Occupational Disease

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Overview

Occupational diseases are caused by exposure to physical, chemical, or biological agents in the workplace. This chapter delivers an overview of allowed occupational disease claims registered at the WSIB over the past 10 years.

Between 2007 and 2016, the WSIB allowed about 125,000 occupational disease claims which accounted for over $950 million in benefit costs*. As occupational disease includes a broad spectrum of conditions, we have grouped these claims into four major categories: long latency illness, noise induced hearing loss, chronic exposures and effects, and acute exposures and effects.

*Benefit costs represent the life-to-date costs associated with the claim as of March 31, 2017.

 

Long Latency Illness Claims

Many occupational diseases do not develop until long after a harmful exposure took place. Long latency illnesses can involve a delay of many years between the period of exposure to a disease-causing agent and the appearance of disease symptoms. While long latency claims account for only 3 per cent of all allowed occupational diseases registered at the WSIB between 2007 and 2016, they account for the largest proportion of allowed benefit costs and include some of the most serious illnesses. One example is mesothelioma, which is a cancer of the pleura or peritoneum that can develop today from exposure to asbestos decades ago.

Pleural plaques, mesothelioma, lung cancer, asbestosis, and chronic obstructive pulmonary disease are the five leading diagnoses, which account for over 74 per cent of all allowed long latency illness claims over the past 10 years. The leading causal agent for these diagnoses is asbestos.

 

The construction sector is the leading industry sector, accounting for 29 per cent of allowed long latency claims. Workers are predominantly male and are generally retired, with an average age of 67 years when diagnosed with a long latency illness.

Noise Induced Hearing Loss Claims

Noise induced hearing loss (NIHL) is a permanent loss of hearing, usually in both ears, resulting from inner ear damage due to prolonged, continuous, or intermittent hazardous noise exposure. This type of hearing loss is a cumulative process that develops over many years. As a result, noise induced hearing loss often does not become apparent until workers are older and often retired from the workforce.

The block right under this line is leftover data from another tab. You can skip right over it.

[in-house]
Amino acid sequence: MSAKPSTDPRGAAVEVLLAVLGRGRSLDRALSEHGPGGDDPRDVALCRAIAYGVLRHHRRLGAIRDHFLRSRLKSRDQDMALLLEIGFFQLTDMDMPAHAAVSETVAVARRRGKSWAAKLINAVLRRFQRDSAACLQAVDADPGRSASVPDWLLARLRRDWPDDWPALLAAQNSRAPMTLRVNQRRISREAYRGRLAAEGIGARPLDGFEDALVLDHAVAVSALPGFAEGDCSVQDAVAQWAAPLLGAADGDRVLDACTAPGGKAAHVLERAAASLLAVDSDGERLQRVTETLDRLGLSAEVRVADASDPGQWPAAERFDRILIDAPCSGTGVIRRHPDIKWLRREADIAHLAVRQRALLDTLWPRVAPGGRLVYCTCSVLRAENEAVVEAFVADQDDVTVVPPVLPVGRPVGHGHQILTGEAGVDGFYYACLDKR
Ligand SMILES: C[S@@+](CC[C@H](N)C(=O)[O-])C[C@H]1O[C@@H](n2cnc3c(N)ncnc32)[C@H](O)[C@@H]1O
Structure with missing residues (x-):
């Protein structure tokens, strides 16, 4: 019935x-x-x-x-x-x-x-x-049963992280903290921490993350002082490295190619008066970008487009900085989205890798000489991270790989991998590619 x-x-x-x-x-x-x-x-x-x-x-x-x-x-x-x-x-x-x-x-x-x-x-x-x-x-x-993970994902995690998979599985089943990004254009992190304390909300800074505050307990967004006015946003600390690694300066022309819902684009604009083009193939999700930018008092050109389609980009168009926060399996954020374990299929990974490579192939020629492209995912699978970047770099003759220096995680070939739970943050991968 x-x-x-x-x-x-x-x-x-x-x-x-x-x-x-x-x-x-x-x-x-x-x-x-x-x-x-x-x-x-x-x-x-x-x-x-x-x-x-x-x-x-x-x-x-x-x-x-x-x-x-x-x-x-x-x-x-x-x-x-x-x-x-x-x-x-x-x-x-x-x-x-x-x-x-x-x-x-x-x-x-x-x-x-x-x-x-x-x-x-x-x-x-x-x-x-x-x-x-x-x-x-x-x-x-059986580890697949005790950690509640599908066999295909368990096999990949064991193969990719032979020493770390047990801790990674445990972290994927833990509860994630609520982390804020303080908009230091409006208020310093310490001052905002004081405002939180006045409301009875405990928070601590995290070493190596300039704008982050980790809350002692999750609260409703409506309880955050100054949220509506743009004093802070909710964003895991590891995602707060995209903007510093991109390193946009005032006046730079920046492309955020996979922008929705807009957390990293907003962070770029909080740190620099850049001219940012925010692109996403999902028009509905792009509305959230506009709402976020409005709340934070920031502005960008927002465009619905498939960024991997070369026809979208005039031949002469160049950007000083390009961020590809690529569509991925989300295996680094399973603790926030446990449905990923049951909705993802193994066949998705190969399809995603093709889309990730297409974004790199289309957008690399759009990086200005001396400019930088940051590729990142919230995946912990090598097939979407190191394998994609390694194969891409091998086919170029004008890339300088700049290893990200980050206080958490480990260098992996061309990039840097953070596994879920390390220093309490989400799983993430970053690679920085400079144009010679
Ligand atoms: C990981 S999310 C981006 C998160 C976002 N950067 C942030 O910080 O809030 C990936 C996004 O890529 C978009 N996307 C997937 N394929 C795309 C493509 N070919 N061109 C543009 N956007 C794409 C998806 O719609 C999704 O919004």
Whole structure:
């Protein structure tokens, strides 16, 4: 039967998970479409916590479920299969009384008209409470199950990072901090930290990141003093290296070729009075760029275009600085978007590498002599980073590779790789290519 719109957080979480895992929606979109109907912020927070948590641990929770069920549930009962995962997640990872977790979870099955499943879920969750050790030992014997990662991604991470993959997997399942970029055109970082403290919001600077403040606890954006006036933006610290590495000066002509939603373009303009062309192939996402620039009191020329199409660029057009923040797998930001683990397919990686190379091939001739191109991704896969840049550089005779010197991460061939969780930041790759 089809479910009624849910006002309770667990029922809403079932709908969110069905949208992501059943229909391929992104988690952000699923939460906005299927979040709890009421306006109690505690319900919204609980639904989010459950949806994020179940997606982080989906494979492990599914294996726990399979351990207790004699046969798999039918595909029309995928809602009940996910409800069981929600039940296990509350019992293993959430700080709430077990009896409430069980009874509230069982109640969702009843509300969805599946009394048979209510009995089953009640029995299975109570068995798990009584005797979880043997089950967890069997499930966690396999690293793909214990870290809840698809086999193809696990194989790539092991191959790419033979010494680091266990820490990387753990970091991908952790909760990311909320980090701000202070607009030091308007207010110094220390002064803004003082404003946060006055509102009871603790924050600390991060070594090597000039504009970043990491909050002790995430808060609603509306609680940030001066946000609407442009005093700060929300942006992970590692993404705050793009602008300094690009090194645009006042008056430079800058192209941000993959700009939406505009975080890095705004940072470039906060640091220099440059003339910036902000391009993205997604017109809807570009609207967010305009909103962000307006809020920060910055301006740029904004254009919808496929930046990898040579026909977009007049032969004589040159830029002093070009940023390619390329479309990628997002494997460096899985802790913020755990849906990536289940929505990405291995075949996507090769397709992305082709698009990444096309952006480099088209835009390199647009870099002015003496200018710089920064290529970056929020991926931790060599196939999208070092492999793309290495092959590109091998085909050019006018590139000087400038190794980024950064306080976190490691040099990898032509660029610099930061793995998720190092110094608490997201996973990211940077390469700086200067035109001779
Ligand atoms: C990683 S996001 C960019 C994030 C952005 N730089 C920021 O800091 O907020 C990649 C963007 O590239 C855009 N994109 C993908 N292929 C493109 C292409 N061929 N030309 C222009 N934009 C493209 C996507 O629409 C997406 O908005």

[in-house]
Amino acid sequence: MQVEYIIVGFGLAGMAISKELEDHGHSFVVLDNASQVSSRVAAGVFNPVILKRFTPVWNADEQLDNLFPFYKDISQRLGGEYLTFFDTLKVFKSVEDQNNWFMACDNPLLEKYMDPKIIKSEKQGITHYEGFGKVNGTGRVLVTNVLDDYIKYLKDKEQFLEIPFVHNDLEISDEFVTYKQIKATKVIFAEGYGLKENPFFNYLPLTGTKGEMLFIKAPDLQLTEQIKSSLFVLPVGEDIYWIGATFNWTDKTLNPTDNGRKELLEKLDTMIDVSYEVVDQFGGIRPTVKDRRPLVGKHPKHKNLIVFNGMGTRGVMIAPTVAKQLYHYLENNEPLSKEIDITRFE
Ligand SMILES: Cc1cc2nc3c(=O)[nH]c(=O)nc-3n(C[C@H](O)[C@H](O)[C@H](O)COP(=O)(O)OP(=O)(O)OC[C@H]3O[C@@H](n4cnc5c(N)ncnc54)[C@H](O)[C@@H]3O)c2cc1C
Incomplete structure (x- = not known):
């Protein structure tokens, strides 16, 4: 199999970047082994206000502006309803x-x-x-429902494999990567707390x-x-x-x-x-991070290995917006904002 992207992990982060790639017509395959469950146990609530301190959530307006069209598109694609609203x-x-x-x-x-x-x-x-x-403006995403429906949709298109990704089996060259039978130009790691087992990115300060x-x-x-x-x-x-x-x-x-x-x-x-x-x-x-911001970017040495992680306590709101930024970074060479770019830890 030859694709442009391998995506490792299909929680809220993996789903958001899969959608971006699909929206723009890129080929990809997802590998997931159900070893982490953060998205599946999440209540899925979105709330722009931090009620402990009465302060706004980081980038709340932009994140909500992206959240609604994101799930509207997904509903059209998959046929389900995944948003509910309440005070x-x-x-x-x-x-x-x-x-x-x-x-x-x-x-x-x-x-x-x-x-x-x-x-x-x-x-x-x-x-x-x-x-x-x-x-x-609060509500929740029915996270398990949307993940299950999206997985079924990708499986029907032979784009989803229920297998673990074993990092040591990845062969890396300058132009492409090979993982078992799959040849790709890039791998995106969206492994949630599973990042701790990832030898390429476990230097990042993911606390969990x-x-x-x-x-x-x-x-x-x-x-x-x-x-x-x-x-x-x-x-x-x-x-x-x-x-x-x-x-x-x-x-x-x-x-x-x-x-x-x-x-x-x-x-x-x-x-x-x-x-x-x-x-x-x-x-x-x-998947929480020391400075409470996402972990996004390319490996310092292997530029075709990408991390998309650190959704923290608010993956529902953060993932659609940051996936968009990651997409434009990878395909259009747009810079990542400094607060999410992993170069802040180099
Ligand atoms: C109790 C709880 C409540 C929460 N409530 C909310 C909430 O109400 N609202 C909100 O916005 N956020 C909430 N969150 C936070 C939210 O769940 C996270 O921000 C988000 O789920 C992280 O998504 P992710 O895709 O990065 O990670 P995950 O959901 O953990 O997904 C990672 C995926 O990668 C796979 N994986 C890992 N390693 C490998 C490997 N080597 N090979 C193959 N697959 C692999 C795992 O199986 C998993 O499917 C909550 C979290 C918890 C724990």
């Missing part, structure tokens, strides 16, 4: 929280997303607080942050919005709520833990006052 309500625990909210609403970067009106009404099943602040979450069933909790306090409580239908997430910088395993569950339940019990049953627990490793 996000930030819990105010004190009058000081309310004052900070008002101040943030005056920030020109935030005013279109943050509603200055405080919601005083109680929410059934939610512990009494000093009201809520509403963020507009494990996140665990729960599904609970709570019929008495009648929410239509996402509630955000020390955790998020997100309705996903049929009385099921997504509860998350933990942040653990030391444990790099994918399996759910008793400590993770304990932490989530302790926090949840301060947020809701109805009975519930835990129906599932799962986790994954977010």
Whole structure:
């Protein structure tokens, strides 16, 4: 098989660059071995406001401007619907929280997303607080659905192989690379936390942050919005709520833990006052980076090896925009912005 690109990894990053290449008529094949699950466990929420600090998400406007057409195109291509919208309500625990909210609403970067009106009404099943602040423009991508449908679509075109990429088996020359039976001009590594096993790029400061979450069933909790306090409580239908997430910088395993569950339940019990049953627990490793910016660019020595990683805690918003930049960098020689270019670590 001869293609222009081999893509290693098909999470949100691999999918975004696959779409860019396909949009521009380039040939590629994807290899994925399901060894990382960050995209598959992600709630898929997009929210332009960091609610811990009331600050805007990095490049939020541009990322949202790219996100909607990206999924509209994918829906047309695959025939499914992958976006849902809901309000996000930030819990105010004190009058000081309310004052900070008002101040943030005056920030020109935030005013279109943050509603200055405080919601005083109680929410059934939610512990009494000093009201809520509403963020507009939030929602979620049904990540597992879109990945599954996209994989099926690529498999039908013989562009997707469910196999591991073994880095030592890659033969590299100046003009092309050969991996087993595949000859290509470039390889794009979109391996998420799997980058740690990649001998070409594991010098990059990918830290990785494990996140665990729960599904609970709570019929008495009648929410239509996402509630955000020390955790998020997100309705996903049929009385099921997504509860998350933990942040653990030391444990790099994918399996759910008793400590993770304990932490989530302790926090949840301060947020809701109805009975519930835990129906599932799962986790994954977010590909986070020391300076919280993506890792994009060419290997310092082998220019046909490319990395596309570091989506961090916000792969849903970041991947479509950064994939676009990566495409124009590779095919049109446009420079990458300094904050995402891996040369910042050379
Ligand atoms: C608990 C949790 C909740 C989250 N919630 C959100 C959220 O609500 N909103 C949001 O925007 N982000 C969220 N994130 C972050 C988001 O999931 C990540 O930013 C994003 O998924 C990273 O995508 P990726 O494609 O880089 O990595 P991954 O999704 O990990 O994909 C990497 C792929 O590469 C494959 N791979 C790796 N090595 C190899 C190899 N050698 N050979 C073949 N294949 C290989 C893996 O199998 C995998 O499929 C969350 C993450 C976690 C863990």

Allowed noise induced hearing loss claims registered between 2007 and 2016 accounted for about 23 per cent of all allowed occupational disease claims. The top five sectors for allowed noise induced hearing loss claims over the last 10 years are: manufacturing, construction, Schedule 2, services, and transportation.

Workers with an allowed noise induced hearing loss claim are predominantly male and generally retired, with an average age of 65 years at diagnosis.

Claims for Chronic Exposures and Effects

Occupational diseases in this category involve medical conditions that develop gradually over time from prolonged or chronic exposures in the workplace. Symptoms often have a temporal association with workplace exposures; the disease often becomes apparent while the individual is still working in the exposure environment.

Chronic exposures can occur through inhalation or skin absorption. Conditions like dermatitis and some respiratory diseases can be caused by chronic exposure to chemical or biological agents in the workplace. Allergy to latex is an example of a condition that can develop in workers exposed to that agent in the workplace. Dermatitis claims make up 44 per cent of allowed chronic exposures and effects cases.

 

Workers aged 25 to 54 years form the majority of allowed chronic exposures and effects claims over the past 10 years. The leading industry sector was schedule 2, followed closely by services. There is a relatively even split in the percentage of allowed claims for male (56%) and female workers (44%) in this category.

Claims for Acute Exposures and Effects

Acute exposures and effects describe medical conditions that arise immediately after exposure to a chemical, biological or physical agent in the workplace. Between 2007 and 2016, these claims accounted for nearly two-thirds of allowed occupational disease claims while still having the smallest proportion of benefit costs. Exposures to infectious disease from needle sticks, sharps, or bites accounted for the majority of these claims.

Health care and Schedule 2 were the two leading industry sectors in the last decade. These two sectors combined accounted for 67 per cent of allowed claims for acute exposures and effects.

The two leading age groups were 25 to 39 year olds and 40 to 54 year olds. Female workers accounted for a higher proportion of allowed claims for acute exposures and effects compared with their male counterparts.